If you implemented a call center knowledge base for a few hundred dollars. And for a few hundred more in admin time, you tasked senior staff to fill the knowledge base with relevant training content. You might shave off 10% of your nesting time.

In relative cost, this could be as much as $15,000 – $30,000 saved against the training budget & put back into your business.

Add to this a potential uplift in overall staff performance gained by becoming engaged in knowledge sharing – your call center could stand to generate considerable amounts of annual profit from a relatively simple change.


Studies show that the following areas, in order, are the activities that take up the most training time whilst nesting trainees:

#1 Learning how to navigate systems and technologies

#2 How to execute highly complex processes

#3 Learning company/product information/ industry jargon and acronyms

#4 Customer service and soft skills

As seen from the list above, the majority of the training is rooted in hard skills like learning systems, processes and facts.

And as is commonly achieved online in so many technical niches, the long form tutorial format could be the presentation of choice to communicate such items.

With the addition of video tutorials, infographics, podcast audio and other media formats to compliment written text – it is possible to produce quite a rich online training environment. The type that scores highly in engagement and gets results.

As for practically training the soft skills, like customer service manners, hosting a call library is a popular delivery method.

The idea is simple, call recordings are broken down into snippets and suitably tagged within a knowledge base.

As trainee agents seek to bolster their skills in handling a particular scenario of call – they simply search the knowledge base for a solution.

With the right topical tagging with analysis to monitor end-user behavior for improvement, a multi-media knowledge base can be a very effective method of training both hard and soft skills.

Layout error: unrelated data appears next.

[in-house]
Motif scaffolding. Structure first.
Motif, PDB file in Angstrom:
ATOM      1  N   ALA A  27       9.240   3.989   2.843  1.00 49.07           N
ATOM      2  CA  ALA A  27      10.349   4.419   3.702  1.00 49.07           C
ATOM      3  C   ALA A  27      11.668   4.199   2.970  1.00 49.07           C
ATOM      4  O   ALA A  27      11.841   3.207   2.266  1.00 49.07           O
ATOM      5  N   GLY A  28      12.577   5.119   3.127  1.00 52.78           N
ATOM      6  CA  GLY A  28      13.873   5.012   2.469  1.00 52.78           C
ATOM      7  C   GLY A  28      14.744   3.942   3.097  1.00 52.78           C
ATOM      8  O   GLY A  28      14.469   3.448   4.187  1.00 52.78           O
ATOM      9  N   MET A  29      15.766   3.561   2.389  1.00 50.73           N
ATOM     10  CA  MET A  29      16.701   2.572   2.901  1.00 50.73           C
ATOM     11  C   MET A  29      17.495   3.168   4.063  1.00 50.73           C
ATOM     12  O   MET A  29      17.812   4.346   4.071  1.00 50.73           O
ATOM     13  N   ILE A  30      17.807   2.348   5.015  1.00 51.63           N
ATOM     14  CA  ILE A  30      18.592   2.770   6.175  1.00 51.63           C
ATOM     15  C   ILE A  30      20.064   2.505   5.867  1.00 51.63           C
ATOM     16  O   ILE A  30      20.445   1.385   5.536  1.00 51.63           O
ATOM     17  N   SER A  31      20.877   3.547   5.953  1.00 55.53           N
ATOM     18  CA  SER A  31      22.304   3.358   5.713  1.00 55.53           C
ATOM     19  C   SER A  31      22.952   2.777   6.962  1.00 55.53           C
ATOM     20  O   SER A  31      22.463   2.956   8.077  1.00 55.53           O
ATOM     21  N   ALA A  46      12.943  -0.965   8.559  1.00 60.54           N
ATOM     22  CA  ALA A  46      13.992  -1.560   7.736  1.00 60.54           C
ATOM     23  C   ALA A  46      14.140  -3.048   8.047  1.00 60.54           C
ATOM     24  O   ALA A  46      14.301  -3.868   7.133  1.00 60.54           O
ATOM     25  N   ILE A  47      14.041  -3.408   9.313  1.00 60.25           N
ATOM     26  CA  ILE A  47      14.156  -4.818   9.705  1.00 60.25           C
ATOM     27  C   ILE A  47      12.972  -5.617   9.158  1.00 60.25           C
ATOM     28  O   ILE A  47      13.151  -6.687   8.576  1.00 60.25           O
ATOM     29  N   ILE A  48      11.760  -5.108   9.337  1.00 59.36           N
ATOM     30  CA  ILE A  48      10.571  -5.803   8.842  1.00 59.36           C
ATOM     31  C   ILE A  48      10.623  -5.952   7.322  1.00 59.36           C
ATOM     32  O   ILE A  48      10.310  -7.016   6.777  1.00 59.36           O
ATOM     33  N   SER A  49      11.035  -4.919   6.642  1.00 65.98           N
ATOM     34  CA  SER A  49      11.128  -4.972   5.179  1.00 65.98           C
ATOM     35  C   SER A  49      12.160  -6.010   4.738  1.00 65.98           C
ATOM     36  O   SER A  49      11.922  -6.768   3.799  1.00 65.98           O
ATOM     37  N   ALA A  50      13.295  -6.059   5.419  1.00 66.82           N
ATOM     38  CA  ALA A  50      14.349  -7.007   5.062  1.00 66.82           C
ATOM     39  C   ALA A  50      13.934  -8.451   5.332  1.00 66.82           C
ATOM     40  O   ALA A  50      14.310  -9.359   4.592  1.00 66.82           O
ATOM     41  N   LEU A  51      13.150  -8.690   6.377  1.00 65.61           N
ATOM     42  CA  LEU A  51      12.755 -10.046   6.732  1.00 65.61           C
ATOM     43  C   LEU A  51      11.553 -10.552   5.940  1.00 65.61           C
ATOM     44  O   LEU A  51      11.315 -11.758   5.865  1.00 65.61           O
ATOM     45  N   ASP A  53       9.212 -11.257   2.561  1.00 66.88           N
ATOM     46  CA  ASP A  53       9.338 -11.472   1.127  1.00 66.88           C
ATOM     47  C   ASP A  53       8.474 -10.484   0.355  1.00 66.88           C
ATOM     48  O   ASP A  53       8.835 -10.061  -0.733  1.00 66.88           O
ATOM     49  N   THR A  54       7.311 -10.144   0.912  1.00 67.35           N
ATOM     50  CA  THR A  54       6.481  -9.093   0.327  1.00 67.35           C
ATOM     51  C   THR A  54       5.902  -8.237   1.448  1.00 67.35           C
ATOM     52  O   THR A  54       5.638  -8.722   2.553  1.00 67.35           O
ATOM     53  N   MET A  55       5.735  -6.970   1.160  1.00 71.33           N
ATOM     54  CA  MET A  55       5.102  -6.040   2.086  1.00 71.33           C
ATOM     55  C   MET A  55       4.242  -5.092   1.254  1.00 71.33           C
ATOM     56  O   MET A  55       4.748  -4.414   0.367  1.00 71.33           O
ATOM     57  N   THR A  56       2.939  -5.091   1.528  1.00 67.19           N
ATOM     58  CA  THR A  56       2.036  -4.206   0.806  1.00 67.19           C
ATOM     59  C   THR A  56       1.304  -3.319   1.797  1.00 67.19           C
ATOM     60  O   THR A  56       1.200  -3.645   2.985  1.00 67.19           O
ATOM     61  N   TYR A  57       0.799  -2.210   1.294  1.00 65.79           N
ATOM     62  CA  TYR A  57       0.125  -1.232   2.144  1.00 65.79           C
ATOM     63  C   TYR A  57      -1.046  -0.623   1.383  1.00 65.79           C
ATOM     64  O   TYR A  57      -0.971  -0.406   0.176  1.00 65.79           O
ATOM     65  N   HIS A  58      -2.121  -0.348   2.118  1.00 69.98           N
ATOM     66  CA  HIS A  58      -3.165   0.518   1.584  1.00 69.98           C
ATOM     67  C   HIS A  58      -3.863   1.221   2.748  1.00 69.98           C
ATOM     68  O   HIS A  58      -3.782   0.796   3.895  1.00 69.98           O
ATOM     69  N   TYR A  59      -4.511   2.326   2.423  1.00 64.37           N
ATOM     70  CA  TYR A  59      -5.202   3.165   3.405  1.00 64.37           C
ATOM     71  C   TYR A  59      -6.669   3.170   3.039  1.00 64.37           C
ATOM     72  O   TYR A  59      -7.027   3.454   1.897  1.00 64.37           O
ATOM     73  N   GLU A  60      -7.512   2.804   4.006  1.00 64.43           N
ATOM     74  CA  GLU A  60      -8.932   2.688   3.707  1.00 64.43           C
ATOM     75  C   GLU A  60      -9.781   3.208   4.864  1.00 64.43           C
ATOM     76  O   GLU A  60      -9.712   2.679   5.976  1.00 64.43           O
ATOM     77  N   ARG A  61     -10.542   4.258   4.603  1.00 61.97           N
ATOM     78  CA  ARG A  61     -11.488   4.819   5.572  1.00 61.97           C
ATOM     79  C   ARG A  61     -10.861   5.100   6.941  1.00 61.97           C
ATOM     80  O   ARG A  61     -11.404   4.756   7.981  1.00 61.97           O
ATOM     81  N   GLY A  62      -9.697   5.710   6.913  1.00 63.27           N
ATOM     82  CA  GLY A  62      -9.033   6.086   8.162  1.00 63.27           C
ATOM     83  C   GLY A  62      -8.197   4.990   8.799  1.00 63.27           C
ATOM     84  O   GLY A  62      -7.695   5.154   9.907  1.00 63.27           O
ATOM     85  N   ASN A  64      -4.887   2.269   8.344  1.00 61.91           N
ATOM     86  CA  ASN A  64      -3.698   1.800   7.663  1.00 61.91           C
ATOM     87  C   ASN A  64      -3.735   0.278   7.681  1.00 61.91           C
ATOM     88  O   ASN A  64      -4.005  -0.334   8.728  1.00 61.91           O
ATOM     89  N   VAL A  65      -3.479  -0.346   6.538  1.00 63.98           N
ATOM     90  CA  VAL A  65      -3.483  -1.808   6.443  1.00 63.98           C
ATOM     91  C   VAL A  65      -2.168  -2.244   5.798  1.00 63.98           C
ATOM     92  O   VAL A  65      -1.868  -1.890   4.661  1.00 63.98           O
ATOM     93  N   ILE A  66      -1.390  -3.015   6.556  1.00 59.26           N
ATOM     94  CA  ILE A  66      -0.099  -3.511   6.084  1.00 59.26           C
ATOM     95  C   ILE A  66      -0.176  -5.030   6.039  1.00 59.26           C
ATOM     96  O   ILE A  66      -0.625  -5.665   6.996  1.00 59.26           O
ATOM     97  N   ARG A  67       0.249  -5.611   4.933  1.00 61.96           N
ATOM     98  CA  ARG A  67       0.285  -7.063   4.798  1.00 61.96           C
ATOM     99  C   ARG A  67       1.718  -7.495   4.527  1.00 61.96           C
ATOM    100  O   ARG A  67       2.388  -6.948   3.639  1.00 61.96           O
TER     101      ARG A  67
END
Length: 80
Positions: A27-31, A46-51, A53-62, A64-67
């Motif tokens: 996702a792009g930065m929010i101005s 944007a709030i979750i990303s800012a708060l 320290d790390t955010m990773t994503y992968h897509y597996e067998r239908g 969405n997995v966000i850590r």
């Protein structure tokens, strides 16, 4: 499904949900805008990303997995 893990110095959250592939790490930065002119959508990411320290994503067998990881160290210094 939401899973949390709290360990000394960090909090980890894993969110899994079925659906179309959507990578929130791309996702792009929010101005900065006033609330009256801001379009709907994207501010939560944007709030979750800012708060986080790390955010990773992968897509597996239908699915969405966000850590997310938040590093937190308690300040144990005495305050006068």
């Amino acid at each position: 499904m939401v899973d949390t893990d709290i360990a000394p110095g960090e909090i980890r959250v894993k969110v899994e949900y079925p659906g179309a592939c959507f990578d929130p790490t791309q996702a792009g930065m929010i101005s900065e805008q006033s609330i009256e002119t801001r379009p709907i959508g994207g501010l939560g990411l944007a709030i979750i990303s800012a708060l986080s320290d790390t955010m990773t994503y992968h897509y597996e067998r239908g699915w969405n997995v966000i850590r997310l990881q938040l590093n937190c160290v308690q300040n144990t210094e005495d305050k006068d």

Statistics show that as many as “two-thirds” of agents still rely on supervisor interaction for continued development, post-training.

This of course comes at the cost of the supervisor’s availability at set intervals of interaction.

In other words, there is an opportunity cost involved of senior staff delivering continued development sessions to junior staff members.

But is there a way of reducing the impact of this ongoing cost of continued professional development?

And will the alternative be equally as effective?

Actually, in practice, research would suggest that agents are accustomed to receiving development training via a variety of methods, other than by supervisors.

Here is a chart on how agents in industry tend to access continued training:

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It seems agents are familiar with learning by video, knowledge base articles, their own notes and manuals – alongside the option of ‘getting in touch’ to ask questions by email or IM.

So, a maximally profitable knowledge base investment would be one in which integration of text, video, note taking, printable PDF pages and enquiry messaging comes in-built.


And last of all, there are tangible benefits to be gained for your overall call center performance from investing in a more effective training program. Not just nesting cost related savings.

The overall effect would be to raise the confidence levels of junior and senior agents alike, therefore delivering better overall customer satisfaction.

Want an evidence based view on that?

Here it is…

Currently, the average industry agent confidence looks like this:

  • 34.2% Agents are confident, make few if any errors and are able to work independently
  • 53.5% Agents are somewhat confident but need assistance from supervisors for more complex scenarios
  • 11% Agents can only handle a few simple call types and require assistance from supervisors for all contact scenarios
  • 1.3% Agents are overwhelmed after training, and make frequent errors on simple call types when they start taking live calls

As seen from the list above, the majority (in fact) about 63% of all call center agents fall below the optimal proficiency line. Therefore, there are otherwise avoidable errors taking place on calls and great dependence still on supervisor input. Whilst it’s unrealistic to think you could entirely rid yourself of this. It is achievable to positively adjust the balance.